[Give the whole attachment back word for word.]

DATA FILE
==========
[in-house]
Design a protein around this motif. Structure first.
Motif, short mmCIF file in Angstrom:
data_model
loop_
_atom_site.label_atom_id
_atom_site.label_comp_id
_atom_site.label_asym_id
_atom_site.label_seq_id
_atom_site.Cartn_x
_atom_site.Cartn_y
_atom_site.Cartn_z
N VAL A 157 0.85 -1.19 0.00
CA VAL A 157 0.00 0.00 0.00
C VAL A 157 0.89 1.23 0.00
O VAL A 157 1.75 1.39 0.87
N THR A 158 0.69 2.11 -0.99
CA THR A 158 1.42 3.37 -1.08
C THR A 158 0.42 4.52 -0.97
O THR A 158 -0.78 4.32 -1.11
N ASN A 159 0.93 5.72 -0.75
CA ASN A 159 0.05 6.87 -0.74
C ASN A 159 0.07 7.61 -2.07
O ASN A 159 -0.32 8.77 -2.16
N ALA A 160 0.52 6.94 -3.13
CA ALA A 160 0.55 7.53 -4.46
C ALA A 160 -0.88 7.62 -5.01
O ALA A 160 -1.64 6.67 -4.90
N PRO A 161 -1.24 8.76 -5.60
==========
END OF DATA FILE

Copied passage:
[in-house]
Design a protein around this motif. Structure first.
Motif, short mmCIF file in Angstrom:
data_model
loop_
_atom_site.label_atom_id
_atom_site.label_comp_id
_atom_site.label_asym_id
_atom_site.label_seq_id
_atom_site.Cartn_x
_atom_site.Cartn_y
_atom_site.Cartn_z
N VAL A 157 0.85 -1.19 0.00
CA VAL A 157 0.00 0.00 0.00
C VAL A 157 0.89 1.23 0.00
O VAL A 157 1.75 1.39 0.87
N THR A 158 0.69 2.11 -0.99
CA THR A 158 1.42 3.37 -1.08
C THR A 158 0.42 4.52 -0.97
O THR A 158 -0.78 4.32 -1.11
N ASN A 159 0.93 5.72 -0.75
CA ASN A 159 0.05 6.87 -0.74
C ASN A 159 0.07 7.61 -2.07
O ASN A 159 -0.32 8.77 -2.16
N ALA A 160 0.52 6.94 -3.13
CA ALA A 160 0.55 7.53 -4.46
C ALA A 160 -0.88 7.62 -5.01
O ALA A 160 -1.64 6.67 -4.90
N PRO A 161 -1.24 8.76 -5.60